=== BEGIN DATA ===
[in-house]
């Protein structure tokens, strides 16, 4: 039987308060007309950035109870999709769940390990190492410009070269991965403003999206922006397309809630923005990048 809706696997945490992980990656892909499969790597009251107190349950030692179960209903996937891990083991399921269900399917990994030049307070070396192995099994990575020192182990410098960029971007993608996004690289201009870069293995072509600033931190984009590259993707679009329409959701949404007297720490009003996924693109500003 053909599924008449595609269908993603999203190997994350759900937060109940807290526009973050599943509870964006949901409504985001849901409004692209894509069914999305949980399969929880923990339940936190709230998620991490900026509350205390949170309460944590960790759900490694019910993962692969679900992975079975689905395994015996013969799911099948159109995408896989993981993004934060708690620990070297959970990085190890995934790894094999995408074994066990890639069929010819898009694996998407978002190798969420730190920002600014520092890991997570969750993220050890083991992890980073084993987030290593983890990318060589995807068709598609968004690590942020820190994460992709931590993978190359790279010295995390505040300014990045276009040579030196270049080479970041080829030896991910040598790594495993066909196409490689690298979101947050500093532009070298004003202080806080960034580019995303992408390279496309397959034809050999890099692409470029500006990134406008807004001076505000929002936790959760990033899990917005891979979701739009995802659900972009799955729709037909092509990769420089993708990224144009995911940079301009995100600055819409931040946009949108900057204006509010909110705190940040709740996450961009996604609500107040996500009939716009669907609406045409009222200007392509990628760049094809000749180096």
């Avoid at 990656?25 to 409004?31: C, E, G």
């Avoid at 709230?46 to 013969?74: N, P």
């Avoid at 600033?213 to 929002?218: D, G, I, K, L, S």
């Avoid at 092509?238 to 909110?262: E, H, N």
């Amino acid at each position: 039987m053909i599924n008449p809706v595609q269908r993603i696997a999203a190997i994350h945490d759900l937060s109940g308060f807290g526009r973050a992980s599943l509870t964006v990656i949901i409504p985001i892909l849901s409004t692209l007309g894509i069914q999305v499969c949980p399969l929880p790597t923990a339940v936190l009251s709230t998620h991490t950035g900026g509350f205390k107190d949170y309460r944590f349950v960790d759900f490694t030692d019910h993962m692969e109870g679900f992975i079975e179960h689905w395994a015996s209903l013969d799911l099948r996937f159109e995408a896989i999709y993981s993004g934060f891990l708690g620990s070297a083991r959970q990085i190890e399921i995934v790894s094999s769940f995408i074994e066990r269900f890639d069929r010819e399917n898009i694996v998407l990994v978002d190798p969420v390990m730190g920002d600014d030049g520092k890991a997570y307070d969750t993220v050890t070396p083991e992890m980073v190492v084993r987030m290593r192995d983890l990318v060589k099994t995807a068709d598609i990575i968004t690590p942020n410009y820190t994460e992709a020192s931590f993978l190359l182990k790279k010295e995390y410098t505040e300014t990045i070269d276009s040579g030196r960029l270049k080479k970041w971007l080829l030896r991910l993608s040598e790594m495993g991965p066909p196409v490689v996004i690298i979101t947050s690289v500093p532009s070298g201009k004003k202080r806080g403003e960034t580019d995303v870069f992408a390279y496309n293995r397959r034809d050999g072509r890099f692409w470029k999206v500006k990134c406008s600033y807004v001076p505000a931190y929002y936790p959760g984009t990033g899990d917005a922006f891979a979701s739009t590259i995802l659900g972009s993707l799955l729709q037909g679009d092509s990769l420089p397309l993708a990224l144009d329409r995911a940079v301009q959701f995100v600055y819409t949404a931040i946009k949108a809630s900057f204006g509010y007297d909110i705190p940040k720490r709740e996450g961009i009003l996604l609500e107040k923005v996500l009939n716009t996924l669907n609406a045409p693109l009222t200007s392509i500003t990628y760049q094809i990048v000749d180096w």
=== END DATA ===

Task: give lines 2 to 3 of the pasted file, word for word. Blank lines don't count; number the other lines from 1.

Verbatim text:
């Protein structure tokens, strides 16, 4: 039987308060007309950035109870999709769940390990190492410009070269991965403003999206922006397309809630923005990048 809706696997945490992980990656892909499969790597009251107190349950030692179960209903996937891990083991399921269900399917990994030049307070070396192995099994990575020192182990410098960029971007993608996004690289201009870069293995072509600033931190984009590259993707679009329409959701949404007297720490009003996924693109500003 053909599924008449595609269908993603999203190997994350759900937060109940807290526009973050599943509870964006949901409504985001849901409004692209894509069914999305949980399969929880923990339940936190709230998620991490900026509350205390949170309460944590960790759900490694019910993962692969679900992975079975689905395994015996013969799911099948159109995408896989993981993004934060708690620990070297959970990085190890995934790894094999995408074994066990890639069929010819898009694996998407978002190798969420730190920002600014520092890991997570969750993220050890083991992890980073084993987030290593983890990318060589995807068709598609968004690590942020820190994460992709931590993978190359790279010295995390505040300014990045276009040579030196270049080479970041080829030896991910040598790594495993066909196409490689690298979101947050500093532009070298004003202080806080960034580019995303992408390279496309397959034809050999890099692409470029500006990134406008807004001076505000929002936790959760990033899990917005891979979701739009995802659900972009799955729709037909092509990769420089993708990224144009995911940079301009995100600055819409931040946009949108900057204006509010909110705190940040709740996450961009996604609500107040996500009939716009669907609406045409009222200007392509990628760049094809000749180096």
């Avoid at 990656?25 to 409004?31: C, E, G």